Oracle RAC Administration - Controlling the Cluster with CRS command
June 1, 2006
Starting with this article, we will begin a discussion on administering our RAC database. Administration can mean many things; think of all that you do as an Oracle DBA--backup, restore, export, import, tuning, benchmark and even some PL/SQL work (It is not just for programmers you know).
Administering your RAC does however bring more challenges. You need solid tools in place (like SoRAC for instance); the new SQL developer can be your friend as well. TOAD is a commonly used tool among DBAs and Developers that does loads of work. And let's not forget the good old sqlplus and OEM.
In Part 5 of our "RACing ahead with Oracle on Vmware" series, we took a brief look at the SRVCTL utility. In this article, we will look at the CRS and CRSCTL utility. We will treat our Oracle documentation as our sole guide.
Introduction to CRS
Let's take a quick look at what CRS is and what it does. Let's also check out the command line paramters and what they are for.
crs_getperm: Checks the permissions that are associated with each resource.
crs_getperm resource_name [-u user|-g group]
Alternatively, you can just type crs_getperm resource_name and you will get the associated permissions.
crs_profile: Creates, validates, deletes, and updates an Oracle Clusterware profile.
You can also use
Doing the following will create a profile:
crs_profile -create resource_name -t application [-a action_script] [-B executable_pathname] [-dir directory] [-d description] [-p placement_policy] [-h hosting_nodes] [-r required_resources] [-l optional_resources] [-o option,[...]] [attribute_flag attribute_value] [...] [-f] [-q]
Then create an application profile from a template:
crs_profile -create resource_name -I template_file [-f] [-q]
crs_profile -validate resource_name [-q]
List one or more application profiles:
crs_profile -print [resource_name [...]] [-q]
Using a template using an existing profile:
crs_profile -template resource_name [-O template_file] [-q]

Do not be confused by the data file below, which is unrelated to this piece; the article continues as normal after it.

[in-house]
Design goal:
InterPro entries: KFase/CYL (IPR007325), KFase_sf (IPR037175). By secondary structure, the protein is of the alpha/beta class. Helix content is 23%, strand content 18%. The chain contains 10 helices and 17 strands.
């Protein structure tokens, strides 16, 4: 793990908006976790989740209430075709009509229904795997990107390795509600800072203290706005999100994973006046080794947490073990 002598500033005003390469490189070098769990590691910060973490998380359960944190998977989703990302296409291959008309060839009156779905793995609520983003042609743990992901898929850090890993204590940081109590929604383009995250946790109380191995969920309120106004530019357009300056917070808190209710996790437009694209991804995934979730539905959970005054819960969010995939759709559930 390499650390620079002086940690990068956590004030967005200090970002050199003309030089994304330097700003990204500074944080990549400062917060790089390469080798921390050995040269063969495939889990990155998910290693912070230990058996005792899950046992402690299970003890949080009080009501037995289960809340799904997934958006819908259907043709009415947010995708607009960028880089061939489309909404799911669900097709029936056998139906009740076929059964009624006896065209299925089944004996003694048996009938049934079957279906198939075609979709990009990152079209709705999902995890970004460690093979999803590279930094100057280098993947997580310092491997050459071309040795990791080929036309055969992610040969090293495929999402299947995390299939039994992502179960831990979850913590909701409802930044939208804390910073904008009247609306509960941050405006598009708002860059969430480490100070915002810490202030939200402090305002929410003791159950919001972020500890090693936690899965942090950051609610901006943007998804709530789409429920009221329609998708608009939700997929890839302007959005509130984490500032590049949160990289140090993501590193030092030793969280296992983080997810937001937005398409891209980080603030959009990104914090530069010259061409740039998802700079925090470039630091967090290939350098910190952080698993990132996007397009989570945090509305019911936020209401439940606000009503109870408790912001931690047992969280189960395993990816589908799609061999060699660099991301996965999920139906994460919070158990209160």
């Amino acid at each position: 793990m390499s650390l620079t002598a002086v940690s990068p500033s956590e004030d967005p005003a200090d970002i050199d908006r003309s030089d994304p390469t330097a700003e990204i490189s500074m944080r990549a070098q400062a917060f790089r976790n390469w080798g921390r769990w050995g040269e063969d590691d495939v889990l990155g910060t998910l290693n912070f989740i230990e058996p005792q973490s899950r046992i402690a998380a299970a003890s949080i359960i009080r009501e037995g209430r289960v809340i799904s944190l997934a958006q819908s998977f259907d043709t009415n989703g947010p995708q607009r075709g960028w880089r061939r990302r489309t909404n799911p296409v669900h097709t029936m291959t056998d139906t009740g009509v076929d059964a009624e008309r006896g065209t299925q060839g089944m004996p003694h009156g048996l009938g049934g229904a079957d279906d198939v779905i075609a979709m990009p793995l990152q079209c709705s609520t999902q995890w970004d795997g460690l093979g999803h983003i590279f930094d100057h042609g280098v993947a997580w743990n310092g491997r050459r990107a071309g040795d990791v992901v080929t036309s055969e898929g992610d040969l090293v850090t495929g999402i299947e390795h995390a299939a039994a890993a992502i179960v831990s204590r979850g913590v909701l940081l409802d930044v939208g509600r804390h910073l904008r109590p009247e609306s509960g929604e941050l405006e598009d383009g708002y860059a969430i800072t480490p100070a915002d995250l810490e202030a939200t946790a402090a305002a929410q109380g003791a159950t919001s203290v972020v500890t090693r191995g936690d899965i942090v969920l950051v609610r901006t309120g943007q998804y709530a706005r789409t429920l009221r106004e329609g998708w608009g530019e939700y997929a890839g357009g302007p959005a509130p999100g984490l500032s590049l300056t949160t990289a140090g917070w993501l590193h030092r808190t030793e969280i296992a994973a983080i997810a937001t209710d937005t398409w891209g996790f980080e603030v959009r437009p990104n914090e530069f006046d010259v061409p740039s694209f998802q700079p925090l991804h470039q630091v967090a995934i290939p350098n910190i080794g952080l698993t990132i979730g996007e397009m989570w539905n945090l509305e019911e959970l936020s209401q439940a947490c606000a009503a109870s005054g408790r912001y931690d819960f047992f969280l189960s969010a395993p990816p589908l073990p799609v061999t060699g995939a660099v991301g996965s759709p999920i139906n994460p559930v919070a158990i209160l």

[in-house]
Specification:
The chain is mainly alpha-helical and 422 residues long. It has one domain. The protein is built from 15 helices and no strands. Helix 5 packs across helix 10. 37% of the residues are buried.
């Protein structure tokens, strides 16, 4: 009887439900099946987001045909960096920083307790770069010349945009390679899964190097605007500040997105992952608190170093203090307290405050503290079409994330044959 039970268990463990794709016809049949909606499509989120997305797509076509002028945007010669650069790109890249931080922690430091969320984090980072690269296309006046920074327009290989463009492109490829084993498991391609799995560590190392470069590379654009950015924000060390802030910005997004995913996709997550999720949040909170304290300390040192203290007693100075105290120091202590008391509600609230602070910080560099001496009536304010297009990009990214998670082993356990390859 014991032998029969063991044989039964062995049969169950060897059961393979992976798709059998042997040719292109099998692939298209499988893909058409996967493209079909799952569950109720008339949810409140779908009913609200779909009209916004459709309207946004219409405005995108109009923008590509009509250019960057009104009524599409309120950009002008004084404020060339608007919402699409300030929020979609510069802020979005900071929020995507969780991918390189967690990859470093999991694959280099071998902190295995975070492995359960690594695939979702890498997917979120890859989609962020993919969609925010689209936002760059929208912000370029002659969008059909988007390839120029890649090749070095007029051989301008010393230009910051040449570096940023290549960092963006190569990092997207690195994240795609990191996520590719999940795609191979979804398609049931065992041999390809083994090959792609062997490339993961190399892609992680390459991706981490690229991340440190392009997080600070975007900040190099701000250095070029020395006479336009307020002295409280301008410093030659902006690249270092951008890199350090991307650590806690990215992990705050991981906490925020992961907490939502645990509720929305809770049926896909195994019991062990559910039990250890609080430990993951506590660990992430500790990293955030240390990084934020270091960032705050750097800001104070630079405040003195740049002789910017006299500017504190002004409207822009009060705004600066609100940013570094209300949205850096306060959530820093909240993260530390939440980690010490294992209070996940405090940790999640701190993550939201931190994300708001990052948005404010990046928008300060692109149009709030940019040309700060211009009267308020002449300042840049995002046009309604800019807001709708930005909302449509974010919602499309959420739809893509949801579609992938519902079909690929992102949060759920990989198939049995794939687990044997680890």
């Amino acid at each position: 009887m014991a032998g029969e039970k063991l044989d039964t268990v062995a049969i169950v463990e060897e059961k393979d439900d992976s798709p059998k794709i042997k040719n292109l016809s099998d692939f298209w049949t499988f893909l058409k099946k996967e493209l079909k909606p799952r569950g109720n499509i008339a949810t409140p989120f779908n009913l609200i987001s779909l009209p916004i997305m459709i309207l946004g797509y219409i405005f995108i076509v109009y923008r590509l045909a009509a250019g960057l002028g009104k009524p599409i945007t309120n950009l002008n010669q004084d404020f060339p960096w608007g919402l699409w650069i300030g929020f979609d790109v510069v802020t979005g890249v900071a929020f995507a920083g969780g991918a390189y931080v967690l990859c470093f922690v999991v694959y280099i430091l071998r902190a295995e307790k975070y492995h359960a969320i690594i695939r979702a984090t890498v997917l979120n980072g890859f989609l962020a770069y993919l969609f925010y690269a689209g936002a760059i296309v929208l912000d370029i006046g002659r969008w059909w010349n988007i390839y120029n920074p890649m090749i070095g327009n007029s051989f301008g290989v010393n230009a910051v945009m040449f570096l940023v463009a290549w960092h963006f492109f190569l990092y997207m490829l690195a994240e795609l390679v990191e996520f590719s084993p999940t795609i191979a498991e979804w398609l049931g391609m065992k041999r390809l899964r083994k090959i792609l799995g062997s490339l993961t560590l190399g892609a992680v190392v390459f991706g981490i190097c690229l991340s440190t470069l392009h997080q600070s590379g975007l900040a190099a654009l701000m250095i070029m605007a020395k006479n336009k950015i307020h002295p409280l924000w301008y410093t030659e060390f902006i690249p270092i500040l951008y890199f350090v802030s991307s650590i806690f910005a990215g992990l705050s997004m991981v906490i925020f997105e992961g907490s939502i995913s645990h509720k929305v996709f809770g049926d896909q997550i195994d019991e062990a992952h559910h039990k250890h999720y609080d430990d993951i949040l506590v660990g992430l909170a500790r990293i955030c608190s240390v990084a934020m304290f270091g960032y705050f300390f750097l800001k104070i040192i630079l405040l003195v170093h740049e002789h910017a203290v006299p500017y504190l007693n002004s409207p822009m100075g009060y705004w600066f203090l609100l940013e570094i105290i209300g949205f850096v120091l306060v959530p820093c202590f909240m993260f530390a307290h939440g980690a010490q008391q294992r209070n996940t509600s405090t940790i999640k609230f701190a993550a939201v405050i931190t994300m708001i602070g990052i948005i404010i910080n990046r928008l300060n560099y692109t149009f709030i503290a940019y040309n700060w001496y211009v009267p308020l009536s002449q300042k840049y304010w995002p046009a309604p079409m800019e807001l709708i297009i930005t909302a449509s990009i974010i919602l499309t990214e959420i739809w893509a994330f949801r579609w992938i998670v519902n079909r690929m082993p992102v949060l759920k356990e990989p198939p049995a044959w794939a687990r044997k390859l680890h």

crs_profile -update resource_name [option [...]] [-q]
Deleting an application profile and its associated action program:
crs_profile -delete resource_name [-q]
crs_register: This command registers configuration information for an application with the OCR. The
Syntax: You can use the
crs_register resource_name [-dir directory_path] [...] [-u] [-f] [-q]
crs_relocate: Here relocation of an application profile from one node to another takes place. Again, the application to be relocated must be registered first. Upon typing crs_relocate command, Oracle Clusterware transfers the resource to be relocated by effectively stopping it on the source node and then starting it on the destination node. If that does not happen, then you can always do the
All the actions are echoed on the command line. You can, however, also monitor them using the Event Manager (EVM).
crs_relocate resource_name [...] [-c cluster_node] [-f][-q] crs_relocate resource_name [-c cluster_node] [-q] crs_relocate [USR_attribute_name=value] [...] resource_name [-c cluster_node] [-q] crs_relocate -s source_node [-c cluster_node] [-q]
crs_setperm: This command sets and modifies permissions associated with a resource. It is actually the same as our good old
crs_setperm resource_name -u aclstring [-q] crs_setperm resource_name -x aclstring [-q] crs_setperm resource_name -o user_name [-q] crs_setperm resource_name -g group_name [-q]
crs_stat : Lists the status of an application profile; I use it often it to check out my resources status. Several times, I have had to start some of the resources individually to get my RAC on my (rather lightweight) VMware setup. As mentioned above the resource must have read and execute permissions except when supplying the
Resources can either be ONLINE or
I personally like the v (verbose status) option since I like to see what is happening when I am administering the application and when troubleshooting it always comes in handy. The
crs_stat [resource_name [...]] [-v] [-l] [-q] [-c cluster_node] crs_stat [resource_name [...]] -t [-v] [-q] [-c cluster_node] crs_stat -p [resource_name [...]] [-q] crs_stat [-a] resource_name -g crs_stat [-a] resource_name -r [-c cluster_node] crs_stat -f [resource_name [...]] [-q] [-c cluster_node] crs_stat -ls resource_name
CRS_ commands are rather handy during administration and particularly in troubleshooting times. In our next article, we will continue to discuss what can be done to bring all the application profiles back online using the crs_stop, crs_start and other remaining commands.